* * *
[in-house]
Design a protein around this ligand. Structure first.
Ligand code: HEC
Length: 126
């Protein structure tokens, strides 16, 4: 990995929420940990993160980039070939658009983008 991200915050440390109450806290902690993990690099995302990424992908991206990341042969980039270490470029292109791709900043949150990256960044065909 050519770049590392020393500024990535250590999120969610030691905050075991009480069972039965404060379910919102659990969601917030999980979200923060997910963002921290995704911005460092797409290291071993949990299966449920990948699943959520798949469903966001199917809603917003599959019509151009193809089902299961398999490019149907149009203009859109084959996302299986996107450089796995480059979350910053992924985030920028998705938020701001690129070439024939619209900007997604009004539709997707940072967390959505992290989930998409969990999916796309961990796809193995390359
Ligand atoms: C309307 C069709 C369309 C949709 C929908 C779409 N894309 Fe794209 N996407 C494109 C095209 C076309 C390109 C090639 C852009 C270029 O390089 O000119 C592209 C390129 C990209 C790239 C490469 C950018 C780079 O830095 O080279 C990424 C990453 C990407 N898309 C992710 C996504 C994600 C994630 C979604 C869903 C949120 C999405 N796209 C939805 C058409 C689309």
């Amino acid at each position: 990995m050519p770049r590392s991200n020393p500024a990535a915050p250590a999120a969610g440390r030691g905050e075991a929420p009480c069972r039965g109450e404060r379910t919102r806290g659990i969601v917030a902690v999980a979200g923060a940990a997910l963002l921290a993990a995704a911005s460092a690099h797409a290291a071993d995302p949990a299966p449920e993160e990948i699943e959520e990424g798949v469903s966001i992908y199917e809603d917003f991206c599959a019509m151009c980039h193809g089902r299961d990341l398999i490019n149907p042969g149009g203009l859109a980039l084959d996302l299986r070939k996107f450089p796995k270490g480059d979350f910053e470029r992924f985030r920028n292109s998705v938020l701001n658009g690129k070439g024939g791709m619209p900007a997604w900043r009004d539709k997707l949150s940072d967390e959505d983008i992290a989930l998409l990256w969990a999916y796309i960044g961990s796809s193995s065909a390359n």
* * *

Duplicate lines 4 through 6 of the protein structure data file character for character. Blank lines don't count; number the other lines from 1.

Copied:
Length: 126
């Protein structure tokens, strides 16, 4: 990995929420940990993160980039070939658009983008 991200915050440390109450806290902690993990690099995302990424992908991206990341042969980039270490470029292109791709900043949150990256960044065909 050519770049590392020393500024990535250590999120969610030691905050075991009480069972039965404060379910919102659990969601917030999980979200923060997910963002921290995704911005460092797409290291071993949990299966449920990948699943959520798949469903966001199917809603917003599959019509151009193809089902299961398999490019149907149009203009859109084959996302299986996107450089796995480059979350910053992924985030920028998705938020701001690129070439024939619209900007997604009004539709997707940072967390959505992290989930998409969990999916796309961990796809193995390359
Ligand atoms: C309307 C069709 C369309 C949709 C929908 C779409 N894309 Fe794209 N996407 C494109 C095209 C076309 C390109 C090639 C852009 C270029 O390089 O000119 C592209 C390129 C990209 C790239 C490469 C950018 C780079 O830095 O080279 C990424 C990453 C990407 N898309 C992710 C996504 C994600 C994630 C979604 C869903 C949120 C999405 N796209 C939805 C058409 C689309």